Still being a road bike, I found a used Ohlins TTX for an unbeatable price, so without much hesitation and after robbing the nearest ATM, I went home with the TTX. :biggrin:
Swapped the OEM shock with the TTX (I clearly remember that even I had to remove the exhaust can and that big box next to it to be able to pull out the rear bolt holding the shock, because some japanese engineers were unable to put it in from the opposite side :bash:), and without measuring anything, it was much better already.
There is a nice Dave Moss video where he is trying to adjust the suspension of this bike for different people:
Before the engine was removed from the bike after the crash, with a friend of mine - who has a nice digital slack meter (https://motool.co/products/slacker-digital-sag-scale-v2) - we did some measurements on the suspension, that should have been done much sooner. While I always felt the front suspension too stiff, by adjusting the preload there, the static and rider sag values were within the acceptable range, so far, so good. Doing the same measurements on the rear of the bike gave us more interesting values. The TTX I purchased earlier already had a 95 spring in it (according to the docs, the original one is 90), and by turning the hydraulic preload adjuster all the way in, rider sag was still too much. Okay, I was not that surprised at all...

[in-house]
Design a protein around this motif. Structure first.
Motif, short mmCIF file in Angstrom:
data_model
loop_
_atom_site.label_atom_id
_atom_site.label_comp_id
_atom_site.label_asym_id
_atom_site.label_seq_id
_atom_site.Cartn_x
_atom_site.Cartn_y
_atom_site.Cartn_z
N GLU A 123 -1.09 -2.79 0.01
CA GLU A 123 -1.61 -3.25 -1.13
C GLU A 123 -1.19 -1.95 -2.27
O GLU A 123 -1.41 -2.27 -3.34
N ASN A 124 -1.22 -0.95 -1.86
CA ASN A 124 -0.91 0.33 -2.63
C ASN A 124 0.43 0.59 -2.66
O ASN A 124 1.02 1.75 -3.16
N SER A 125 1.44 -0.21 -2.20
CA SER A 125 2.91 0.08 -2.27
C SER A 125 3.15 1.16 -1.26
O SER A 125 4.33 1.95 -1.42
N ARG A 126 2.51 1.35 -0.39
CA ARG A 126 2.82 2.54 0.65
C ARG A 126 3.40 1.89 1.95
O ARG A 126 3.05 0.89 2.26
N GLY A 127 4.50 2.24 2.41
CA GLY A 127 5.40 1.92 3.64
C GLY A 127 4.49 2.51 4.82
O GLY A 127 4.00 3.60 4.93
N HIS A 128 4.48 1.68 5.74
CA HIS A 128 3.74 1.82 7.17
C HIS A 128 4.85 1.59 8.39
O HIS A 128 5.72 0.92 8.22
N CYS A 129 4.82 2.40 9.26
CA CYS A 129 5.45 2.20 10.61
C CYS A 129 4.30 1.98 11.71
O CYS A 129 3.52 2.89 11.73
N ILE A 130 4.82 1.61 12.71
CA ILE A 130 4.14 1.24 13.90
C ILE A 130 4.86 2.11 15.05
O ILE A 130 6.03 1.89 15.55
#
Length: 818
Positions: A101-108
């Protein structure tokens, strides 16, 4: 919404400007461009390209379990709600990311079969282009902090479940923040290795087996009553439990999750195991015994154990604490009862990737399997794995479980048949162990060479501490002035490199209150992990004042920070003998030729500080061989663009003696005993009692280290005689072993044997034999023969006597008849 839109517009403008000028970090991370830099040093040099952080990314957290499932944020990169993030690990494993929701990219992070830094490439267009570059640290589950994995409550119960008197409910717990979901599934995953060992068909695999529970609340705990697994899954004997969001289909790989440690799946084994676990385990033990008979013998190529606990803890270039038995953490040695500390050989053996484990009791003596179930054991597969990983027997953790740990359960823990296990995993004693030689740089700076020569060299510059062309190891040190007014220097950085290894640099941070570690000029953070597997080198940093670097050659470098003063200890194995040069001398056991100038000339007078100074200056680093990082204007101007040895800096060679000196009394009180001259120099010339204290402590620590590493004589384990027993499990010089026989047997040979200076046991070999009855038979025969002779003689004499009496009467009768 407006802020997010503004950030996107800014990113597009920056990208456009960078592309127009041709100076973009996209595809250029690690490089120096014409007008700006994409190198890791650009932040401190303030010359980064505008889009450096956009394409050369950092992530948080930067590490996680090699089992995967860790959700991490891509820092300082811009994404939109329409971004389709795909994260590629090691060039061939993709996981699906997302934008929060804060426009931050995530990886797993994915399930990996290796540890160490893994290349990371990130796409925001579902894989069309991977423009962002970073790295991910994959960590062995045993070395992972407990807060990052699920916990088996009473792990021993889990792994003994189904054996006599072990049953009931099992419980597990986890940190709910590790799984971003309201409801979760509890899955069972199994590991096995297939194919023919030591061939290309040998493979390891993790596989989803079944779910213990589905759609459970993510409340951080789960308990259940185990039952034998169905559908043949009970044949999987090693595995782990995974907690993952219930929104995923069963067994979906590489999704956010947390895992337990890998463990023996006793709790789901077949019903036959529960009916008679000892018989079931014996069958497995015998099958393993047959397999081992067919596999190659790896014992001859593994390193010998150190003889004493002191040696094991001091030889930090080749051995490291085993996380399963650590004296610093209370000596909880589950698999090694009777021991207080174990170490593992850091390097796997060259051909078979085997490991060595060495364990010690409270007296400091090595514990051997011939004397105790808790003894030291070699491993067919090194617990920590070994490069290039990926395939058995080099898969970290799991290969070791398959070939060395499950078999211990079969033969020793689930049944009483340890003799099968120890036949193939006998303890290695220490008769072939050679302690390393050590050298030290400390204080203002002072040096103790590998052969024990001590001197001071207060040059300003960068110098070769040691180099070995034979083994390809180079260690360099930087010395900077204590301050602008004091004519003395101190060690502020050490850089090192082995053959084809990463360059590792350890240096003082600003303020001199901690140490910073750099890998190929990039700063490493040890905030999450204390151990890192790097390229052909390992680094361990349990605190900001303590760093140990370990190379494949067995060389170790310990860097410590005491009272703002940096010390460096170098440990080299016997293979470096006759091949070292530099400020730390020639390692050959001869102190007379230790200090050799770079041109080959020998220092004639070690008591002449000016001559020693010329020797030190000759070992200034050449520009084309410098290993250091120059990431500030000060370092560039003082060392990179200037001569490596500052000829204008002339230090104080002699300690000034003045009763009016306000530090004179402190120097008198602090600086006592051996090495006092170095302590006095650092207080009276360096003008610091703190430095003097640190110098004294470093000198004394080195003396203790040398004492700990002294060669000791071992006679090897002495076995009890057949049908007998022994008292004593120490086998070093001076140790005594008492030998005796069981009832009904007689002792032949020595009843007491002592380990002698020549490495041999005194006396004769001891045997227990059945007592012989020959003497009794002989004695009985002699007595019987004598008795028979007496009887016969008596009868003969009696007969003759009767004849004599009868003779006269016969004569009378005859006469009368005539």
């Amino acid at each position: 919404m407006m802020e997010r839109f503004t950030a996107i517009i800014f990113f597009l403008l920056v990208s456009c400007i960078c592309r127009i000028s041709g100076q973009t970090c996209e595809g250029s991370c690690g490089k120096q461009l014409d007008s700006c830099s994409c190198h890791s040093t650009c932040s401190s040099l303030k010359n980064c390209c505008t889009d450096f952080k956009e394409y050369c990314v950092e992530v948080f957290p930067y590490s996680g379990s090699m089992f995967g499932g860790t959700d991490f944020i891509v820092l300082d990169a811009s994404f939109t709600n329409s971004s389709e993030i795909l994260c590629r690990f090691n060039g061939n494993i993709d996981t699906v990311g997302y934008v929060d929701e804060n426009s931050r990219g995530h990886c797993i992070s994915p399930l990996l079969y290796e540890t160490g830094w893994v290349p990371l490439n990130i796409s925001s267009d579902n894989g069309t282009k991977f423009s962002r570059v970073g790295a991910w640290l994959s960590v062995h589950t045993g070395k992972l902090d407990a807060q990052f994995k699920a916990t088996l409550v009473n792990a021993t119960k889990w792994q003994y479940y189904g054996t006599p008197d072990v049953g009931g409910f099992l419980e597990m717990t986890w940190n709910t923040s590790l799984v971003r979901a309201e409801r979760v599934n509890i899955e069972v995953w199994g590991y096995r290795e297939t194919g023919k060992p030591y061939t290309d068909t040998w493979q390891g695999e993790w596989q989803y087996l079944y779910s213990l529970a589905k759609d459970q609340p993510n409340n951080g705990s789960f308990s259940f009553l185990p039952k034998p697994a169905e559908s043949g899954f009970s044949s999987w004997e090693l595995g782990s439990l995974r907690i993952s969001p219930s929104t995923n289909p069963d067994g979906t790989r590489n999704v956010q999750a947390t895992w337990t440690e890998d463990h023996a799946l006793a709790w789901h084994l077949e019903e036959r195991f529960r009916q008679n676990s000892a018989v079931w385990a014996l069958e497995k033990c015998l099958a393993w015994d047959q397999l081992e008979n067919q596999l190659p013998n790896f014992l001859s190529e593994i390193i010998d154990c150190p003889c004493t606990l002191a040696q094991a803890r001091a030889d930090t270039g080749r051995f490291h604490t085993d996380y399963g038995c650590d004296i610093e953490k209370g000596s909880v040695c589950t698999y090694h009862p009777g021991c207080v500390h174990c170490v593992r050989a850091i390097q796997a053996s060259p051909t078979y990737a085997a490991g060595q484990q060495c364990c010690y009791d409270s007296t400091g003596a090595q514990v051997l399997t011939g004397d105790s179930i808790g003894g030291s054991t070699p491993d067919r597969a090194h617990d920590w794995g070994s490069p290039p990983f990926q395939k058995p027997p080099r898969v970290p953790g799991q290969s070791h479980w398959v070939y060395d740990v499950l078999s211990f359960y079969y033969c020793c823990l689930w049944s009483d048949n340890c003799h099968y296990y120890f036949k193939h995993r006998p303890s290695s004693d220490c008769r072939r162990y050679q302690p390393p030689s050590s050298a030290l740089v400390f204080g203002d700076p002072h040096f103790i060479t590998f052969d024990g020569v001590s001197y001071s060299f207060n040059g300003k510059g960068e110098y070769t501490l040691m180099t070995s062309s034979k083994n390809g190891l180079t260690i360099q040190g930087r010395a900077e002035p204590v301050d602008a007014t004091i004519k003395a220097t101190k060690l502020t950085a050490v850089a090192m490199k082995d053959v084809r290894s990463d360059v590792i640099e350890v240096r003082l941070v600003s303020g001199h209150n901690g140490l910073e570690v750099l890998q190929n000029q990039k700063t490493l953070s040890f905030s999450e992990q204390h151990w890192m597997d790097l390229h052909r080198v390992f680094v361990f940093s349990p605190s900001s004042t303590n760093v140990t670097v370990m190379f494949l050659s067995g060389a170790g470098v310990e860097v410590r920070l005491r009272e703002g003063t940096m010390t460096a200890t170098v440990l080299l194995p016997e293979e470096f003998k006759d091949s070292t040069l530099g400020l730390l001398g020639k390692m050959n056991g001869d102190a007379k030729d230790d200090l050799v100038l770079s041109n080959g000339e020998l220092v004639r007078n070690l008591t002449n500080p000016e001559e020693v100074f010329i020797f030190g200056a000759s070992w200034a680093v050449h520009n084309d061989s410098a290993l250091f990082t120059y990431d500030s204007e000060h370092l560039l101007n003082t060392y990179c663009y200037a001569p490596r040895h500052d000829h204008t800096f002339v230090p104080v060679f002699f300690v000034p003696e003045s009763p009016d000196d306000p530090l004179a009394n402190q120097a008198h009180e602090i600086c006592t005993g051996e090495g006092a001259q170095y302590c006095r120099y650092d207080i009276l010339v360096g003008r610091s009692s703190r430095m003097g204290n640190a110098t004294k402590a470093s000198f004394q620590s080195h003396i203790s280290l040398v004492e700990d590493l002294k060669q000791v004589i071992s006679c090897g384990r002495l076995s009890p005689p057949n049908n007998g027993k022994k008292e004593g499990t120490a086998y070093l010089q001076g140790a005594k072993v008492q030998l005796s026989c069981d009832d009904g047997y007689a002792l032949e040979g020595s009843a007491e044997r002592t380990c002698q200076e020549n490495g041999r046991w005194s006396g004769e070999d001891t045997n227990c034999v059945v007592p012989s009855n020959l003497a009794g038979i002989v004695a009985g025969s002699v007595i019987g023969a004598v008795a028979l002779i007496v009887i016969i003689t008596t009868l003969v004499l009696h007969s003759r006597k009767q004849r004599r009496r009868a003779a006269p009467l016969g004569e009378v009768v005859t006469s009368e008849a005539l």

After having all of these information, both the front and rear suspension came out of the bike and went to the same shop for some work. The first step to make the bike more track capable was the following:
- keep the front suspension as-is with a slightly lower oil level to potentially compensate the stiffness,
- change the spring of the TTX to a 105, and measure again once everything is back together.
Of course while every suspension part is out of the bike, the usual maintenance is also performed on all of them, like changing oil, seals, etc.
I will see how it performs at the first few track days, and further changes may come based on the results.
Yeah, and a picture to close the post... I had to remove somehow the rear shock, and had no better tool at home. :badteeth:
You're right about the stock suspension, it's way out of sync. A good tip I had from K-Tech was actually to lower the rear by removing the stock spacer. Be interesting to see how you get on :smile2: